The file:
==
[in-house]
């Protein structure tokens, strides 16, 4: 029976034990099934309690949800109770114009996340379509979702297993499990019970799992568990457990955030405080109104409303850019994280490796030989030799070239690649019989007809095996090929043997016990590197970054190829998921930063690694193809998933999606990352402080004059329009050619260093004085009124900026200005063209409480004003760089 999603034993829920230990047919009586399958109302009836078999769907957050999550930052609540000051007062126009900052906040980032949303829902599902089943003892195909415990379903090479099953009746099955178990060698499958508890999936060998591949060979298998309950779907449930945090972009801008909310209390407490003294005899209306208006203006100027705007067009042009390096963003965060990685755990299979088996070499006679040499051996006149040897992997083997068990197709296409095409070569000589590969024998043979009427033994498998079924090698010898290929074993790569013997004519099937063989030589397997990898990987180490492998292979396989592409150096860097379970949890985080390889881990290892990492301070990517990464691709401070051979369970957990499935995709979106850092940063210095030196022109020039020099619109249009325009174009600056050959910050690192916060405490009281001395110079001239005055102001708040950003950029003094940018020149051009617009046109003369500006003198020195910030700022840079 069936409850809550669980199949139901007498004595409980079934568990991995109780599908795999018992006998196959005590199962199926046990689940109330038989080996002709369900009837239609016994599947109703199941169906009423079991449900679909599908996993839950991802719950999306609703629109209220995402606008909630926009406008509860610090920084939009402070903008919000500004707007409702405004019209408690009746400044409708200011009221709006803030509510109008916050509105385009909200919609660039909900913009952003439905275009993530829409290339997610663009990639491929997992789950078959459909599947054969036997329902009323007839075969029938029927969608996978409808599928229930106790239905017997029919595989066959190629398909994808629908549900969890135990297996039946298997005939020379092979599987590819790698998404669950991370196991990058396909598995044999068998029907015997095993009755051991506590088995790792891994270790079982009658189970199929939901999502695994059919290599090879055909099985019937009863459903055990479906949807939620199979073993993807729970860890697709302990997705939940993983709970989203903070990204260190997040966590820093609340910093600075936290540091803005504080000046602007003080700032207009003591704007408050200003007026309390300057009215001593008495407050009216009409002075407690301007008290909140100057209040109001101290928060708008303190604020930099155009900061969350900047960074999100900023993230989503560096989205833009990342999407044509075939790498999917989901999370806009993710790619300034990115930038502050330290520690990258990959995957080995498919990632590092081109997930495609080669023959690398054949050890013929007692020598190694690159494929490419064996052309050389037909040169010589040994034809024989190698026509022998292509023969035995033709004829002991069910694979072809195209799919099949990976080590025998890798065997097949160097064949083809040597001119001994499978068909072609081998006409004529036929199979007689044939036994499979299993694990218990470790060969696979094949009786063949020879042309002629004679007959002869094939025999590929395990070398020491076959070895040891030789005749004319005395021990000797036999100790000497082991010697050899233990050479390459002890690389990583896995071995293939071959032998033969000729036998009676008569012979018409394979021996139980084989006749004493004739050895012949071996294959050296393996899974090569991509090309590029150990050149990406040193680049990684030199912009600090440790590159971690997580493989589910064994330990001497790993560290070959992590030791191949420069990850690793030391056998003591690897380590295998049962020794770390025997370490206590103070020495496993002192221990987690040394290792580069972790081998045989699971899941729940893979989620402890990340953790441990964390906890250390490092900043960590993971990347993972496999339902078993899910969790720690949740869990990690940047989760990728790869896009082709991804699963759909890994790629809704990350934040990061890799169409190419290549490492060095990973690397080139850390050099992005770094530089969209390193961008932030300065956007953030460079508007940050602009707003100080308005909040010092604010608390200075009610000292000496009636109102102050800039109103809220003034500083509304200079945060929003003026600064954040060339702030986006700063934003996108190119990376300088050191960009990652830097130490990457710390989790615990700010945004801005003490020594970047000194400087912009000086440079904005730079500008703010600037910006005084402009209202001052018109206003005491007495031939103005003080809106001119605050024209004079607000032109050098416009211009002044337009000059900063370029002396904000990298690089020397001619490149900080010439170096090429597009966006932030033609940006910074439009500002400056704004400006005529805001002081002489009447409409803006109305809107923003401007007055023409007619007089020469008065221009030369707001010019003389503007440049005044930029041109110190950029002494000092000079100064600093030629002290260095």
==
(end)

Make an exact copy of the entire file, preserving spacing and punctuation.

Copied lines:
[in-house]
């Protein structure tokens, strides 16, 4: 029976034990099934309690949800109770114009996340379509979702297993499990019970799992568990457990955030405080109104409303850019994280490796030989030799070239690649019989007809095996090929043997016990590197970054190829998921930063690694193809998933999606990352402080004059329009050619260093004085009124900026200005063209409480004003760089 999603034993829920230990047919009586399958109302009836078999769907957050999550930052609540000051007062126009900052906040980032949303829902599902089943003892195909415990379903090479099953009746099955178990060698499958508890999936060998591949060979298998309950779907449930945090972009801008909310209390407490003294005899209306208006203006100027705007067009042009390096963003965060990685755990299979088996070499006679040499051996006149040897992997083997068990197709296409095409070569000589590969024998043979009427033994498998079924090698010898290929074993790569013997004519099937063989030589397997990898990987180490492998292979396989592409150096860097379970949890985080390889881990290892990492301070990517990464691709401070051979369970957990499935995709979106850092940063210095030196022109020039020099619109249009325009174009600056050959910050690192916060405490009281001395110079001239005055102001708040950003950029003094940018020149051009617009046109003369500006003198020195910030700022840079 069936409850809550669980199949139901007498004595409980079934568990991995109780599908795999018992006998196959005590199962199926046990689940109330038989080996002709369900009837239609016994599947109703199941169906009423079991449900679909599908996993839950991802719950999306609703629109209220995402606008909630926009406008509860610090920084939009402070903008919000500004707007409702405004019209408690009746400044409708200011009221709006803030509510109008916050509105385009909200919609660039909900913009952003439905275009993530829409290339997610663009990639491929997992789950078959459909599947054969036997329902009323007839075969029938029927969608996978409808599928229930106790239905017997029919595989066959190629398909994808629908549900969890135990297996039946298997005939020379092979599987590819790698998404669950991370196991990058396909598995044999068998029907015997095993009755051991506590088995790792891994270790079982009658189970199929939901999502695994059919290599090879055909099985019937009863459903055990479906949807939620199979073993993807729970860890697709302990997705939940993983709970989203903070990204260190997040966590820093609340910093600075936290540091803005504080000046602007003080700032207009003591704007408050200003007026309390300057009215001593008495407050009216009409002075407690301007008290909140100057209040109001101290928060708008303190604020930099155009900061969350900047960074999100900023993230989503560096989205833009990342999407044509075939790498999917989901999370806009993710790619300034990115930038502050330290520690990258990959995957080995498919990632590092081109997930495609080669023959690398054949050890013929007692020598190694690159494929490419064996052309050389037909040169010589040994034809024989190698026509022998292509023969035995033709004829002991069910694979072809195209799919099949990976080590025998890798065997097949160097064949083809040597001119001994499978068909072609081998006409004529036929199979007689044939036994499979299993694990218990470790060969696979094949009786063949020879042309002629004679007959002869094939025999590929395990070398020491076959070895040891030789005749004319005395021990000797036999100790000497082991010697050899233990050479390459002890690389990583896995071995293939071959032998033969000729036998009676008569012979018409394979021996139980084989006749004493004739050895012949071996294959050296393996899974090569991509090309590029150990050149990406040193680049990684030199912009600090440790590159971690997580493989589910064994330990001497790993560290070959992590030791191949420069990850690793030391056998003591690897380590295998049962020794770390025997370490206590103070020495496993002192221990987690040394290792580069972790081998045989699971899941729940893979989620402890990340953790441990964390906890250390490092900043960590993971990347993972496999339902078993899910969790720690949740869990990690940047989760990728790869896009082709991804699963759909890994790629809704990350934040990061890799169409190419290549490492060095990973690397080139850390050099992005770094530089969209390193961008932030300065956007953030460079508007940050602009707003100080308005909040010092604010608390200075009610000292000496009636109102102050800039109103809220003034500083509304200079945060929003003026600064954040060339702030986006700063934003996108190119990376300088050191960009990652830097130490990457710390989790615990700010945004801005003490020594970047000194400087912009000086440079904005730079500008703010600037910006005084402009209202001052018109206003005491007495031939103005003080809106001119605050024209004079607000032109050098416009211009002044337009000059900063370029002396904000990298690089020397001619490149900080010439170096090429597009966006932030033609940006910074439009500002400056704004400006005529805001002081002489009447409409803006109305809107923003401007007055023409007619007089020469008065221009030369707001010019003389503007440049005044930029041109110190950029002494000092000079100064600093030629002290260095």